Which says a lot, because I’m certainly not a mentally strong super freak. Dude, I eat carrot cake like there’s no tomorrow! And let’s not even talk about cashew nuts! I have no mental strength at all! But… what I do have is habits. Habits like touching, reading, seeing, hearing, doing and learning Karate every day of my life, for years.
Habits I barely think about anymore.
In fact, when something breaks these habits (like an injury, or some boring desktop work that takes too much time) I can get pretty irritated.
We are creatures of habit.
And we want to keep it that way.
When this concept has been understood, perseverance suddenly seems like a walk in the park. You’ll go from zero to hero in no time, and people will go “I don’t get it, how can you train three times a day?! That’s insane!”.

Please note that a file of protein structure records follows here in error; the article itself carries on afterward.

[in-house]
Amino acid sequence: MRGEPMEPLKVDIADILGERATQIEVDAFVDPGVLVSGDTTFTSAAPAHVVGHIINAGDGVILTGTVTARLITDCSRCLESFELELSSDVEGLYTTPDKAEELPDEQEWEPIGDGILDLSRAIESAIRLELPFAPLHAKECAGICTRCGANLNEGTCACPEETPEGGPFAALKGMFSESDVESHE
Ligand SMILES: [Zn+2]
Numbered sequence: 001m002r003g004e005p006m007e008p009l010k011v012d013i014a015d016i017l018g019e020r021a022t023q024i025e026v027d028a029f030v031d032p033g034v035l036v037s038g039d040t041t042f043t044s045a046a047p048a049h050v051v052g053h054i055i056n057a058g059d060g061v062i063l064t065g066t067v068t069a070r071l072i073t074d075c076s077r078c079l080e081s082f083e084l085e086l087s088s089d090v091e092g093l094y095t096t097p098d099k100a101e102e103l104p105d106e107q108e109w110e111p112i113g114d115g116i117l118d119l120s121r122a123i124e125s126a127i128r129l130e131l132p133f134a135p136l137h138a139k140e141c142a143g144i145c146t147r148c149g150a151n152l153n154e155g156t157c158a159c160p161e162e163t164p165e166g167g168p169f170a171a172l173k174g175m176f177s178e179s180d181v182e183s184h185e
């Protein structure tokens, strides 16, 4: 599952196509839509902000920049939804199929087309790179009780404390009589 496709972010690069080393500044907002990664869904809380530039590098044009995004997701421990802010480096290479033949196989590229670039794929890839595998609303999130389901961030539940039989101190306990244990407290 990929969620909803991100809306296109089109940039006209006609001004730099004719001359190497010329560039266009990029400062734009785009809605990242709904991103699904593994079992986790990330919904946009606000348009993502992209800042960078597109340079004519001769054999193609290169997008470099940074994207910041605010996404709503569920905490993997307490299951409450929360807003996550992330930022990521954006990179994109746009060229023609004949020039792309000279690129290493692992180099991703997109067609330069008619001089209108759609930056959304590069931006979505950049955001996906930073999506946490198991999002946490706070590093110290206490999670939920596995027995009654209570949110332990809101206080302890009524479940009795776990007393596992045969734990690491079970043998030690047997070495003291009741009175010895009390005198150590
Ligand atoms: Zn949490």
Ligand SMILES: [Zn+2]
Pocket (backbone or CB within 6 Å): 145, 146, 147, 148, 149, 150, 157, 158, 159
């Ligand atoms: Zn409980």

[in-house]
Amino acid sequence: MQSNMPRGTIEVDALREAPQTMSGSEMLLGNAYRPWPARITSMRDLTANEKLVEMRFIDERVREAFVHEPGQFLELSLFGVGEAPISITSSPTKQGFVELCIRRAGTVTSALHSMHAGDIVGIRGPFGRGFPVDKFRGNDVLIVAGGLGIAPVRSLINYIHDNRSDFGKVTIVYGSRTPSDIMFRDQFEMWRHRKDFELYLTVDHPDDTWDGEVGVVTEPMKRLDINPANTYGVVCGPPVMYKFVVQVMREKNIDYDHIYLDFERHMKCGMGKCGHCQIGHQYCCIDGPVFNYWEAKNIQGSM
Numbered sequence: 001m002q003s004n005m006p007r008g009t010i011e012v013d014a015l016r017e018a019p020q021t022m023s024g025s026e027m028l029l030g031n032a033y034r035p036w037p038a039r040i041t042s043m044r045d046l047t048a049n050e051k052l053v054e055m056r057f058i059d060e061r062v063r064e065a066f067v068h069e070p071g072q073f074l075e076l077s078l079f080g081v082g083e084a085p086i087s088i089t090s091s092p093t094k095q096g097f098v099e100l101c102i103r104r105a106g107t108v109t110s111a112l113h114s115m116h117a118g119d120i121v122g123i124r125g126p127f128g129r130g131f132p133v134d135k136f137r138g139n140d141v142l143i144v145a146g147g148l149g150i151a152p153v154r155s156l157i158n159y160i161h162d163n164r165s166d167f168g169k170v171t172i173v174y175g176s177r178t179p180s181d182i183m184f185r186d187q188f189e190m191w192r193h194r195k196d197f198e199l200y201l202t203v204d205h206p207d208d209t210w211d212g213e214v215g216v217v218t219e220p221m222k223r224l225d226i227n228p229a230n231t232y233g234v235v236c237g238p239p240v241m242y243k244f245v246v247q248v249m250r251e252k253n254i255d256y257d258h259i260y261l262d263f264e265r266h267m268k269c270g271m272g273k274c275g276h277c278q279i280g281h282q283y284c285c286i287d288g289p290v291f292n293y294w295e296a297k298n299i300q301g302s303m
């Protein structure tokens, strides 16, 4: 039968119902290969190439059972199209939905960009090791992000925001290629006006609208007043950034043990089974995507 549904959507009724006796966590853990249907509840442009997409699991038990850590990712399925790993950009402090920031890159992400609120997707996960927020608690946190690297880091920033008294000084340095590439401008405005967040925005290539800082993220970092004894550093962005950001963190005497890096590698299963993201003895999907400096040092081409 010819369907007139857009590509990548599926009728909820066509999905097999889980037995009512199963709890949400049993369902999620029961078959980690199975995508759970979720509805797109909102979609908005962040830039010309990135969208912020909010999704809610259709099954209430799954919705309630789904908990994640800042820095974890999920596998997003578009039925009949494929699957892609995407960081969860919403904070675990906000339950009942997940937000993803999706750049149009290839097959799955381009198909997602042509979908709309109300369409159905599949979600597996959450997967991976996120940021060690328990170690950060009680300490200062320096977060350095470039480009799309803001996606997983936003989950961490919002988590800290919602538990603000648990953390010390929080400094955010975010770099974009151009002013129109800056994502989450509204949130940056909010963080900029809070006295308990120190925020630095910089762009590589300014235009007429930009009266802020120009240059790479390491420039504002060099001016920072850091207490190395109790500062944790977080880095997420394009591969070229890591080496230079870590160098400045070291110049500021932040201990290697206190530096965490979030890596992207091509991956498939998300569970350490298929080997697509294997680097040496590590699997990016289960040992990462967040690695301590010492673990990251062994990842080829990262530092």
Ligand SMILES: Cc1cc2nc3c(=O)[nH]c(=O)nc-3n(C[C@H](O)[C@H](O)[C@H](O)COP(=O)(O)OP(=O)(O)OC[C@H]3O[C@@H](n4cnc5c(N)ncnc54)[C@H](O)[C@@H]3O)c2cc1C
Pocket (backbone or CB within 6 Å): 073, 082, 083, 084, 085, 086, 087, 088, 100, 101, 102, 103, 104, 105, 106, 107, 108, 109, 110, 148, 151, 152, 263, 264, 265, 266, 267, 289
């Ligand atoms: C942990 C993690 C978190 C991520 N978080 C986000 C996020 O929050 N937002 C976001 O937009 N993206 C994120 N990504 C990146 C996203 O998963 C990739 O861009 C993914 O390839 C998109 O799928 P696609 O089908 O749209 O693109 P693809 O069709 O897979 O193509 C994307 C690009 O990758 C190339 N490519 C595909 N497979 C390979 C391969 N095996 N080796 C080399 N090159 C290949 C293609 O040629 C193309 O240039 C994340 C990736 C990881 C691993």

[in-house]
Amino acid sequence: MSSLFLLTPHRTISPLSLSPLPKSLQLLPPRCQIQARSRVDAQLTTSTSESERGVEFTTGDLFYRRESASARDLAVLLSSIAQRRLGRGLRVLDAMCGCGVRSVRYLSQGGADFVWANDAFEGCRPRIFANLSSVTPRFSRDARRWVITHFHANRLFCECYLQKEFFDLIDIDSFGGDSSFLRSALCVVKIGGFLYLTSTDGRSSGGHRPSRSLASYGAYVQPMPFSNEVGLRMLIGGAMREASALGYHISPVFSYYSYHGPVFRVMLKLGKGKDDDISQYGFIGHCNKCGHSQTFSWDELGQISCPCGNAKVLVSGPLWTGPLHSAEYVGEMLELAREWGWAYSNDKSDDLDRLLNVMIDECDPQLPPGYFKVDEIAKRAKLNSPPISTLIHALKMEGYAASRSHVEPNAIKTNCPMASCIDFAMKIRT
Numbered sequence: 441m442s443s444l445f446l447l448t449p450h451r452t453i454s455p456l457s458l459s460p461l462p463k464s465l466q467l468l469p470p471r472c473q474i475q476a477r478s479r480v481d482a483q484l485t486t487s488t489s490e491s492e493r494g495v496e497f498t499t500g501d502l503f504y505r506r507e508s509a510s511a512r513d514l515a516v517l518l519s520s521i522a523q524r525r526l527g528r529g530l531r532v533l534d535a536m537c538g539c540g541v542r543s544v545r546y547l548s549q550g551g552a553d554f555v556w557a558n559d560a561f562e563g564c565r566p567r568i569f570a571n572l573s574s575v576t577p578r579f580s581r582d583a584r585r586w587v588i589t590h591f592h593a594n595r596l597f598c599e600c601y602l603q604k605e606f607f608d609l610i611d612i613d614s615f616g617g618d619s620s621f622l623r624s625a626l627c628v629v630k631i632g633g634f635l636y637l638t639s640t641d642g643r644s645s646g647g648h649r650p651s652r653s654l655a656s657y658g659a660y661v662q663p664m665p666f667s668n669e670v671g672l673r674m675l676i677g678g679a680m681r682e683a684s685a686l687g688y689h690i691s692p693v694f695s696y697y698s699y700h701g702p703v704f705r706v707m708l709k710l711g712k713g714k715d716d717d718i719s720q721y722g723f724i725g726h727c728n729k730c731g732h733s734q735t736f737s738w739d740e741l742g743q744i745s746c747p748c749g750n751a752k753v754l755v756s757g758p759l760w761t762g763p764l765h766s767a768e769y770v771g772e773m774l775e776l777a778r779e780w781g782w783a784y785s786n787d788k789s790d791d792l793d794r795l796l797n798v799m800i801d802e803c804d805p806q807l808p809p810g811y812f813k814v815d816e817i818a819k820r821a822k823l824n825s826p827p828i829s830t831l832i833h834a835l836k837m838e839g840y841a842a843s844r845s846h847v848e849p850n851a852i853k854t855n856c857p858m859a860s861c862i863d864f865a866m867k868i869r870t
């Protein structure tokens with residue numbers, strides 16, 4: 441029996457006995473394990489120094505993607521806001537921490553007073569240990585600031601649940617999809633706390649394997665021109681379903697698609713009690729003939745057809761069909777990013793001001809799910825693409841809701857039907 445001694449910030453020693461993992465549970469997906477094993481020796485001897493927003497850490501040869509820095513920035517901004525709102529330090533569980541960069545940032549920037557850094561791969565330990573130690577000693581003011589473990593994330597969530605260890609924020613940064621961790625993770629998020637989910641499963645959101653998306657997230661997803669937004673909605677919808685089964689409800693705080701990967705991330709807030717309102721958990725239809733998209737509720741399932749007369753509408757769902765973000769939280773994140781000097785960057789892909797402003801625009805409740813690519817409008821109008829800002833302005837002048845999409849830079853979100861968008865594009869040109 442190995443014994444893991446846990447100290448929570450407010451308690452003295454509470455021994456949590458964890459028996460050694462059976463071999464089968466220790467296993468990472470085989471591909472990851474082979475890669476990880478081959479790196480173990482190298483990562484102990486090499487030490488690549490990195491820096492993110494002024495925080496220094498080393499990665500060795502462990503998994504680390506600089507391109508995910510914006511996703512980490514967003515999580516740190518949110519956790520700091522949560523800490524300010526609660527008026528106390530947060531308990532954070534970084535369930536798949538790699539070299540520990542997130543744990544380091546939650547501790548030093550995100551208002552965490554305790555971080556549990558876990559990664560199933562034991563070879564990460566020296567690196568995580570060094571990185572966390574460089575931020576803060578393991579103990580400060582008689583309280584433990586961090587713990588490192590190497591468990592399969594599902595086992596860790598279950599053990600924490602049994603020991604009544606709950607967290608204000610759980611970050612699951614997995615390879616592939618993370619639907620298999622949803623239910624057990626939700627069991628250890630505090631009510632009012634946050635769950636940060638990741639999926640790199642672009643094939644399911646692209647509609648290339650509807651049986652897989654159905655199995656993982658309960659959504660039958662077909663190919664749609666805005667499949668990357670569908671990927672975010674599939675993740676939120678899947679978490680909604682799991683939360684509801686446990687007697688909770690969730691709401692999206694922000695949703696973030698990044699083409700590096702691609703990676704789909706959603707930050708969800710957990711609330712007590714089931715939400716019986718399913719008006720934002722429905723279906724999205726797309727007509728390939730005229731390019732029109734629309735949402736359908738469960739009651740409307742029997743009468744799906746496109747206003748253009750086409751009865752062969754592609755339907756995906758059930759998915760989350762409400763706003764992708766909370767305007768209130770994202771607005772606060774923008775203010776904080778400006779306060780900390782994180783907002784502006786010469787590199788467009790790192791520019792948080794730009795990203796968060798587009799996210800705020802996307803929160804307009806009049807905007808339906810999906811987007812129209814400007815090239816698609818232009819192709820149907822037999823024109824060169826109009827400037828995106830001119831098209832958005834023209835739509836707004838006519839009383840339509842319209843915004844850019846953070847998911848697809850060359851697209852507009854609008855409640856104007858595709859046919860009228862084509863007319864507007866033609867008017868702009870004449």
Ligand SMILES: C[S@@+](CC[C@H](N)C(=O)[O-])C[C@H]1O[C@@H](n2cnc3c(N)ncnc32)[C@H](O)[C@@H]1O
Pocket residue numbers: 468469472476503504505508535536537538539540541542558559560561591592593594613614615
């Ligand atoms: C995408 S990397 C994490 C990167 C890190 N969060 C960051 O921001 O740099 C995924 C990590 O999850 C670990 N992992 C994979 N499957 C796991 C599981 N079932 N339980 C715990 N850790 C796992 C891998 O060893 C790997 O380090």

It’s not insane. It’s called habit.
And it’s totally sweet.
So when Morio Higaonna sensei, who has been pounding the makiwara every day of his whole life (his hands look like two big rocks), tells you to “never give up”, he is essentially telling you to simply do what you have to do (in order to progressively improve in your Karate), and then steadily keep doing that.
No super powers required.
Just a plan.
And that was the three most important lessons of Karate, as explained by Higaonna sensei in his über sweaty dojo last week, filtered through me.
…you already knew these.
Yeah, that’s right. You knew all along that listening to your sensei, believing in yourself and never giving up was important. Of course you did.
You just needed to hear them again, from the right person.
Because sometimes we see our own mountain the best when we climb up the neighboring mountain.
And this time the mountain was named Higaonna sensei.